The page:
“Is the question being asked: Whose fault was this? If so, your culture is one that vilifies failure. Failure is difficult enough without it being compounded by the search for a scapegoat.” -Ed Catmull via Creativity, Inc.
If we are going to build up the capacity for more creative and innovative individuals and organizations moving forward into the future, we are going to need to eradicate this need to place blame. For many leaders, blame has become a habit and a knee-jerk reaction when something has gone awry.
What many leaders fail to realize, is that the real damage isn’t done in the actual mistake or failure, but in the aftermath. In the placing of blame. It sends a deep and disconcerting message across the whole of the organization: don’t take chances, don’t take risks, don’t place yourself in the possibility of failure because there will be a price to pay.
What we fail to realize, especially in systems, that assuaging blame to individuals is not only often misplaced, but detrimental to the overall culture of the organization.
In Creativity, Inc. Ed Catmull shares a tremendous story from Pixar of how, during the making of Toy Story 2, someone had inadvertently pushed a series of buttons that was removing and deleting their data and work. He tells how ”two years of work – 90 percent of the film – had been erased in a matter of seconds.”
And while the situation led to frantic reactions as the work disappeared before their eyes, there was a calming reassurance that the backup systems could restore the lost work and data. Unfortunately, what they did not know and soon discovered was that the backup system had not been working correctly and would not be able to recover the work or data. A second failure in the system.
Catmull continues, ”at this point, the urge to panic was quite real. To reassemble the film would have taken thirty people a solid year.” The saving moment to the situation came when they had discovered one of their director’s, while on maternity leave, had continuously backed up the data on her drive at home. Saving millions of dollars and thousands of hours of work
The important point that Catmull conveys is not in the problem itself, but what happened after the event. How they dealt with what had occurred? Their first action was not to place blame, to punish the guilty. Rather, their first priority was to attend to the system. To fix the faults in the system that had allowed for these “random and unforeseen” events to occur. But more importantly, Catmull refused to look for a person or persons to put blame upon for the mishap.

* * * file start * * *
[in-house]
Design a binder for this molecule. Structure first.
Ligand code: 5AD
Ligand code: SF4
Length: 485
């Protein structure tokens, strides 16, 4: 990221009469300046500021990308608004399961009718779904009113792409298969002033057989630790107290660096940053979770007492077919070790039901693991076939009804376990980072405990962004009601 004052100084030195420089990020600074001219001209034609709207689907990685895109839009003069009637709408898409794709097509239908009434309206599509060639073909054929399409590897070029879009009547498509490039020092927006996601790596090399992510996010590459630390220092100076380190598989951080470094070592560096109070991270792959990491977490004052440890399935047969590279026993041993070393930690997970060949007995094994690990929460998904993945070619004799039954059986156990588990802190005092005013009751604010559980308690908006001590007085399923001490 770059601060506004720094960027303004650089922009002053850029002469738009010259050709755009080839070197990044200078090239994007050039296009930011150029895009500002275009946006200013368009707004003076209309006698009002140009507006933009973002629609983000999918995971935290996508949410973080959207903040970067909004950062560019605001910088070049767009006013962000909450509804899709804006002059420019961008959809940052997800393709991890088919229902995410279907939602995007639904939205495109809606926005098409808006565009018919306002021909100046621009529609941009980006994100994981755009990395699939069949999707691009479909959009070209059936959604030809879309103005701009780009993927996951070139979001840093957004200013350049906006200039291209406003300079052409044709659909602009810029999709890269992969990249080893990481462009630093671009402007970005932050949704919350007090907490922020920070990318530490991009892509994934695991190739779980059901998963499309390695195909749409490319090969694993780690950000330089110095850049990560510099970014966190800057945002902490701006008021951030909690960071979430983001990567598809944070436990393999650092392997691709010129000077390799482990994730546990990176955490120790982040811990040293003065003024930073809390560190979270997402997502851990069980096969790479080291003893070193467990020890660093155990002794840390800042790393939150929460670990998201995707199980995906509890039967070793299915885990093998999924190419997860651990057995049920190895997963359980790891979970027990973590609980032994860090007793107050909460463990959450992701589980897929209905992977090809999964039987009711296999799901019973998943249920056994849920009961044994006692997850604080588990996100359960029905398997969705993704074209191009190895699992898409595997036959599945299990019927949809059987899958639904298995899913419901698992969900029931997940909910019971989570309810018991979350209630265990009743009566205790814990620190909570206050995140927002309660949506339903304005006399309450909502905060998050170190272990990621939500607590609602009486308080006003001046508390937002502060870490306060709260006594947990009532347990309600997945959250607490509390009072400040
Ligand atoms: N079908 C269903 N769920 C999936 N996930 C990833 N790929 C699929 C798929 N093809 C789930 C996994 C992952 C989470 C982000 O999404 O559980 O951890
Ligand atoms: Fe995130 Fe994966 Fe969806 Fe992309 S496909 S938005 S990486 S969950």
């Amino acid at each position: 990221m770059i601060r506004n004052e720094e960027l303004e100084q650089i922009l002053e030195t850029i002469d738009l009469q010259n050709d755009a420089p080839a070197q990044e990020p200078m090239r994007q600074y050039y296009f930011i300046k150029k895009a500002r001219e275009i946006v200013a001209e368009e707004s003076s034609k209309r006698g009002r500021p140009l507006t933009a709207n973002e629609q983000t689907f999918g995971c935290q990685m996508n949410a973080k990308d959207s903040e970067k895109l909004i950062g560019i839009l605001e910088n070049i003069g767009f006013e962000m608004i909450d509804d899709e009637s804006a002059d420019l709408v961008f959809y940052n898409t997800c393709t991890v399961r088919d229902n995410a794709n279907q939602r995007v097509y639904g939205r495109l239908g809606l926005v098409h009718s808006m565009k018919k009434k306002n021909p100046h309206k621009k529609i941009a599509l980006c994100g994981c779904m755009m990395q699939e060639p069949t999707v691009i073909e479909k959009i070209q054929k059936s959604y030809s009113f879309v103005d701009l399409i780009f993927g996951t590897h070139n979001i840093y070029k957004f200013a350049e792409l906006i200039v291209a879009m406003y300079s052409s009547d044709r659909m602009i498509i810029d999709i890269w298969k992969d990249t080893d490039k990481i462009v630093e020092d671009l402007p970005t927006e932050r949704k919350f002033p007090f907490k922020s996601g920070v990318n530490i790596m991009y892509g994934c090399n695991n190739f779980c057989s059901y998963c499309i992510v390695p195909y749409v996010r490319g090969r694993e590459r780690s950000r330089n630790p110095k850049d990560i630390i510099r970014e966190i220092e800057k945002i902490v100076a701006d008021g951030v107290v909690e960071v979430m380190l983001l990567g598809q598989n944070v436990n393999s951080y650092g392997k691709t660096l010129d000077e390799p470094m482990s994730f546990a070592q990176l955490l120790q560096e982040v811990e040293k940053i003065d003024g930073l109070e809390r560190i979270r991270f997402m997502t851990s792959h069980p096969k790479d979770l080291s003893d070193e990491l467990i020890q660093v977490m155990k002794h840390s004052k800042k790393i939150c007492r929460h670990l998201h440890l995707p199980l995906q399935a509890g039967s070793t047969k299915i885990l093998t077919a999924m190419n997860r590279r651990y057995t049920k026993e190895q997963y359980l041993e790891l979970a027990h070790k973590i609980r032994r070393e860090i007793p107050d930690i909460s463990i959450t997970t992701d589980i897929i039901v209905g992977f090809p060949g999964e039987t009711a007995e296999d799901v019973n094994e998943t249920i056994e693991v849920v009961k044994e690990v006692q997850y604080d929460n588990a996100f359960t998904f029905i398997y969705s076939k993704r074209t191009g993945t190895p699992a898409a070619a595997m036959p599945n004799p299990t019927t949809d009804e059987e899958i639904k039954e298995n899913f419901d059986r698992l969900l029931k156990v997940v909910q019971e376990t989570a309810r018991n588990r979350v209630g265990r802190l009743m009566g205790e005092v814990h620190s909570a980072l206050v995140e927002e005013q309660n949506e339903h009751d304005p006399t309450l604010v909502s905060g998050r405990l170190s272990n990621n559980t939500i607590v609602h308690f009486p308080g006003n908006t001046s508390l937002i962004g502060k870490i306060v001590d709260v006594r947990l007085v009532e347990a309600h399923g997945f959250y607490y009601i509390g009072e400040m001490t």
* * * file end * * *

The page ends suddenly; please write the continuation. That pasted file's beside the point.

Too often, in organizations, leaders want to find a place to lay the blame when problems and issues crop up. Many of which are caused by the system, rather than any individual or individuals. Blaming the individual is the easy reaction. It soothes our frustration. And it allows us to simplify the complexity of the situation.
The problem with that kind of thinking is that it not only diminishes the creative and innovative thinking of an organization, it fails to attend to the root cause of the problem.
Meaning, that it will most likely occur again and again.
So not only does blame serve as an obstacle to getting to the root cause of problems, it hampers and depletes the creative and innovative thinking that exists within the organization. Or as Catmull shares, it “drains the creative impulse.”
As Bolman and Deal divulge in Reframing Organizations, ”the first and most common fallacy in organizational diagnosis is to blame people.” They go on to share that, “Targeting individuals while ignoring larger system failures oversimplifies the problem and does little to prevent a recurrence.”
So remember, the next time a mistake happens, curb the impulse to place blame. It will allow you to focus your energy towards determining the root of the problem and improve your organizational culture in the process.
“Pinpointing the culprit is comforting. Assigning blame resolves ambiguity, explains mystery, and makes clear what must be done next: punish the guilty.” –Lee Bolman and Terrence Deal via Reframining Organizations: Artistry, Choice, and Leadership
References and quotes from…
Catmull, Ed. Creativity, Inc. Overcoming The Unseen Forces That Stand In The Way Of True Inspiration. 2014. New York, Random House.
Bolman, Lee Deal, Terrence. Reframing Organizations: Artistry, Choice, and Leadership. 2003. San Francisco, Jossey-Bass.